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29 March 2018 News Release

A remote school in Western Australia, an entrepreneur and a cancer researcher were the big winners of the second Indigenous STEM Awards, announced at a ceremony in Wiluna, Western Australia.

Funded by the BHP Billiton Foundation and delivered by CSIRO, the awards recognise the achievements of Aboriginal and Torres Strait Islander students, teachers and scientists, with a view to inspiring more Aboriginal and Torres Strait Islander student participation in STEM (science, technology, engineering and mathematics) studies and careers.

Cancer researcher and Gunditjmara woman Dr Misty Jenkins, took out the STEM Professional Career Achievement Award.

As well as being the first Indigenous Australian to attend Oxford and Cambridge Universities as a postdoctoral fellow, Dr Jenkins has worked with Nobel Laureates and is a passionate advocate for building the STEM literacy of Aboriginal and Torres Strait Islander students.

"It is important to have role models because you can't be what you can't see," Dr Jenkins said.

"By being visible, you are showing students that STEM is a viable career and that you can discover things that have never been discovered before.

"I see a lack of Indigenous voices at the table across the industry and I want to see more Aboriginal and Torres Strait Islander people involved.

"It is essential to have an Aboriginal and Torres Strait Islander cultural lens applied to Western Science, just like it is important to have others with diverse backgrounds and genders in senior positions in our workplaces.

"This breadth and depth of diversity is what is going to drive innovation."

Early Career Professional Award Winner Dean Foley is a Kamilaroi man and founder of Barayamal, an Indigenous owned and managed charity that assists Aboriginal and Torres Strait Islander entrepreneurs through coding programs for young people, mentoring and workshops.

Dr Jenkins and Mr Foley will both receive $20,000 to support their work as Indigenous STEM Education ambassadors in 2018.

Wiluna Remote Community School won the School Award for their work with engaging with the Martu rangers and the Wiluna community to use traditional knowledge to teach science to students.

The school will receive $10,000 to contribute towards progressing inquiry-based learning within the school and incorporating local Indigenous knowledge that can be linked to the curriculum.

CSIRO Indigenous STEM Education Project Director, Therese Postma said it was important to celebrate the achievements of Aboriginal and Torres Strait Islander people in STEM as well as teachers and schools working in this space.

"All of our award winners inspire Aboriginal and Torres Strait Islander students," Ms Postma said.

"Wiluna Remote Community School is an outstanding example of an entire community coming together to teach students two-way science in Indigenous contexts.

"Educators Fifi Harris (STEM Champion Award) and Camila Zuniga-Greve (Teacher Award) demonstrate on a daily basis how Aboriginal and Torres Strait Islander students can be effectively engaged in science, technology, engineering and mathematics.

"We also have role models in our STEM Professional winners Dr Jenkins and Mr Foley who have forged amazing STEM careers as well as peer role models in our student winners Shailyn Isaac, Kayla Pattel, Jessica Storrar, Boyden George, Willow Wells, Angela Barely and Russell Sands."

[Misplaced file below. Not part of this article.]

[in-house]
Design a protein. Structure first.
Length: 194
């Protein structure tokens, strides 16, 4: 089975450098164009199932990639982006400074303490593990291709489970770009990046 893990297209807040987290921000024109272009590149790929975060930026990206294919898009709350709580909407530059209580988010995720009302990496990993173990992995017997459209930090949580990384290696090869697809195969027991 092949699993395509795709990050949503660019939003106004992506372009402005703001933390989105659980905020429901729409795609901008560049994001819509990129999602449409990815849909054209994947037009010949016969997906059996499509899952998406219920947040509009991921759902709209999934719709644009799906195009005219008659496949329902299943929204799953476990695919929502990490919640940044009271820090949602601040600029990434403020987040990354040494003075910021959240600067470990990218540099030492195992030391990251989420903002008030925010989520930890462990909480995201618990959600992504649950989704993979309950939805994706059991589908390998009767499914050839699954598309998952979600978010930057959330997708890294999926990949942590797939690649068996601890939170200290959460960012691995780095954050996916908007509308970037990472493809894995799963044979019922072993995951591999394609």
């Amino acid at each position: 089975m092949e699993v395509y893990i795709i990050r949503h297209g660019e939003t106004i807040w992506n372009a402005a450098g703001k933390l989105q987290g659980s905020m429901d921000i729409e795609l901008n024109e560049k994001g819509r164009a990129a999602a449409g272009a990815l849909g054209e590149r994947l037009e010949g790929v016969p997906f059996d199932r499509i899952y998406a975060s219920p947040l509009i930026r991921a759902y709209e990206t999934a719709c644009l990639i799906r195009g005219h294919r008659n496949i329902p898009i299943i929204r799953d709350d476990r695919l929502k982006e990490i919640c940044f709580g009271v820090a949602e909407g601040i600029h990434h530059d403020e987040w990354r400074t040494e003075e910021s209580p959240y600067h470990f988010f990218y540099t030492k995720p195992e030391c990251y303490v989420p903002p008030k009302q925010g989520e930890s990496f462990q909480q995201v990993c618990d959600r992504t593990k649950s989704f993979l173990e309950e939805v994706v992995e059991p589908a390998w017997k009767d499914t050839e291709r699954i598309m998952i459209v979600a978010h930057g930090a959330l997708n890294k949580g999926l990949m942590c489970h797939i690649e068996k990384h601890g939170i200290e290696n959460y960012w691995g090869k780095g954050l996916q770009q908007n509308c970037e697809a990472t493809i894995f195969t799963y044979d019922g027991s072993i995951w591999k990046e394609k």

BHP Billiton Foundation Chief Executive Officer James Ensor said celebrating the educational and career achievements of Aboriginal and Torres Strait Islander people was critical to seeing more participation in STEM.

"The BHP Billiton Foundation is committed to improving educational opportunities and outcomes in science, technology, engineering and maths (STEM) for under-represented groups including Aboriginal and Torres Strait Islander peoples," Mr Ensor said.

"Studying STEM topics fosters innovative thinking and problem solving abilities that will help to address sustainable development challenges."

Each of the winners will have a presentation in their home communities throughout April.

For more information visit the Indigenous STEM Awards.

Winners List

STEM Professional Career Achievement Award – Dr Misty Jenkins (Walter and Eliza Hall Institute, Melbourne)

STEM Professional Early Career Award – Dean Foley (Barayamal, Brisbane)

Tertiary/Undergraduate Student Award - Shailyn Isaac, University of Western Australia

Secondary Student Award - Kayla Pattel (Tullawong State High School, Caboolture) and Jessica Storrar (Gungahlin College, Canberra)

School Award – Wiluna Remote Community School (Western Australia)

Teacher Award - Camila Zuniga-Greve (Heatley State School, Townsville)

STEM Champion Award – Fifi Harris (Leonora District High School, Leonora)

The Aboriginal and Torres Strait Islander Student Science Award – Boyden George (Leonora District High School, Leonora) and Willow Wells (Thuringowa State High School, Townsville)

The Aboriginal and Torres Strait Islander Student Maths Award – Angela Barely (Innisfail State College, Innisfail) and Russell Sands (Innisfail State College, Innisfail)

Images

Winners of Indigenous STEM Awards. L-R Back row: Jessica Storrar, Camila Zuniga-Greve, Misty Jenkins. Front row: Kayla Pattel, Dean Foley, Shailyn Isaac. ©  KARL SCHWERDTFEGER
Camila Zuniga-Greve winner of the Teacher Award. ©  KARL SCHWERDTFEGER
Dean Foley winner of the STEM Professional Early Career Award. ©  KARL SCHWERDTFEGER
Dr Misty Jenkins winner of the STEM Professional Career Achievement Award. ©  KARL SCHWERDTFEGER
Jessica Storrar winner of the Secondary Student Award. ©  KARL SCHWERDTFEGER
Kayla Pattel winner of the Secondary Student Award. ©  KARL SCHWERDTFEGER
Shailyn Isaac winner of the Tertiary/Undergraduate Student Award. ©  KARL SCHWERDTFEGER

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